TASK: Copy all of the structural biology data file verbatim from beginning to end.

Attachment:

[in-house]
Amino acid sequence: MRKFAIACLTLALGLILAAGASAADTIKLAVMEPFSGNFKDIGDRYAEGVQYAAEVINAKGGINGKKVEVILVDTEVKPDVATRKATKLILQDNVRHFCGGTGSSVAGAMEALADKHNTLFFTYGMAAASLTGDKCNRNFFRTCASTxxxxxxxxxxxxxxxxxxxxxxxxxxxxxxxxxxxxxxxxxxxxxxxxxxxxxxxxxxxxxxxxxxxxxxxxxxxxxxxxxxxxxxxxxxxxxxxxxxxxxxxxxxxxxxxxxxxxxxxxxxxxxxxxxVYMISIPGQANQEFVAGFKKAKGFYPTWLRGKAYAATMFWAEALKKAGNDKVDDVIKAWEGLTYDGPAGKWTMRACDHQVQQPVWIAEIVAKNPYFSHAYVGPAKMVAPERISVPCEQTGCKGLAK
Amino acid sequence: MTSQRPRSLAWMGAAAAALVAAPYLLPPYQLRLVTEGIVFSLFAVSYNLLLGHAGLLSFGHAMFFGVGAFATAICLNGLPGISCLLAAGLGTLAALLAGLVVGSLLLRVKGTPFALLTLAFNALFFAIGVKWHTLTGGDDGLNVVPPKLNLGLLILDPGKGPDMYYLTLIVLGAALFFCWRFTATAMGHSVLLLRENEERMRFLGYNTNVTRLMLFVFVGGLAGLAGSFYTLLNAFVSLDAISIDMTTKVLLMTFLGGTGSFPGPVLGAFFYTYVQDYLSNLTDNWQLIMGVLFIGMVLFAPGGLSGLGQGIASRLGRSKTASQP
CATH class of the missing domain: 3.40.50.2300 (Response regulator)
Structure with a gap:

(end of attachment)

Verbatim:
[in-house]
Amino acid sequence: MRKFAIACLTLALGLILAAGASAADTIKLAVMEPFSGNFKDIGDRYAEGVQYAAEVINAKGGINGKKVEVILVDTEVKPDVATRKATKLILQDNVRHFCGGTGSSVAGAMEALADKHNTLFFTYGMAAASLTGDKCNRNFFRTCASTxxxxxxxxxxxxxxxxxxxxxxxxxxxxxxxxxxxxxxxxxxxxxxxxxxxxxxxxxxxxxxxxxxxxxxxxxxxxxxxxxxxxxxxxxxxxxxxxxxxxxxxxxxxxxxxxxxxxxxxxxxxxxxxxxVYMISIPGQANQEFVAGFKKAKGFYPTWLRGKAYAATMFWAEALKKAGNDKVDDVIKAWEGLTYDGPAGKWTMRACDHQVQQPVWIAEIVAKNPYFSHAYVGPAKMVAPERISVPCEQTGCKGLAK
Amino acid sequence: MTSQRPRSLAWMGAAAAALVAAPYLLPPYQLRLVTEGIVFSLFAVSYNLLLGHAGLLSFGHAMFFGVGAFATAICLNGLPGISCLLAAGLGTLAALLAGLVVGSLLLRVKGTPFALLTLAFNALFFAIGVKWHTLTGGDDGLNVVPPKLNLGLLILDPGKGPDMYYLTLIVLGAALFFCWRFTATAMGHSVLLLRENEERMRFLGYNTNVTRLMLFVFVGGLAGLAGSFYTLLNAFVSLDAISIDMTTKVLLMTFLGGTGSFPGPVLGAFFYTYVQDYLSNLTDNWQLIMGVLFIGMVLFAPGGLSGLGQGIASRLGRSKTASQP
CATH class of the missing domain: 3.40.50.2300 (Response regulator)
Structure with a gap: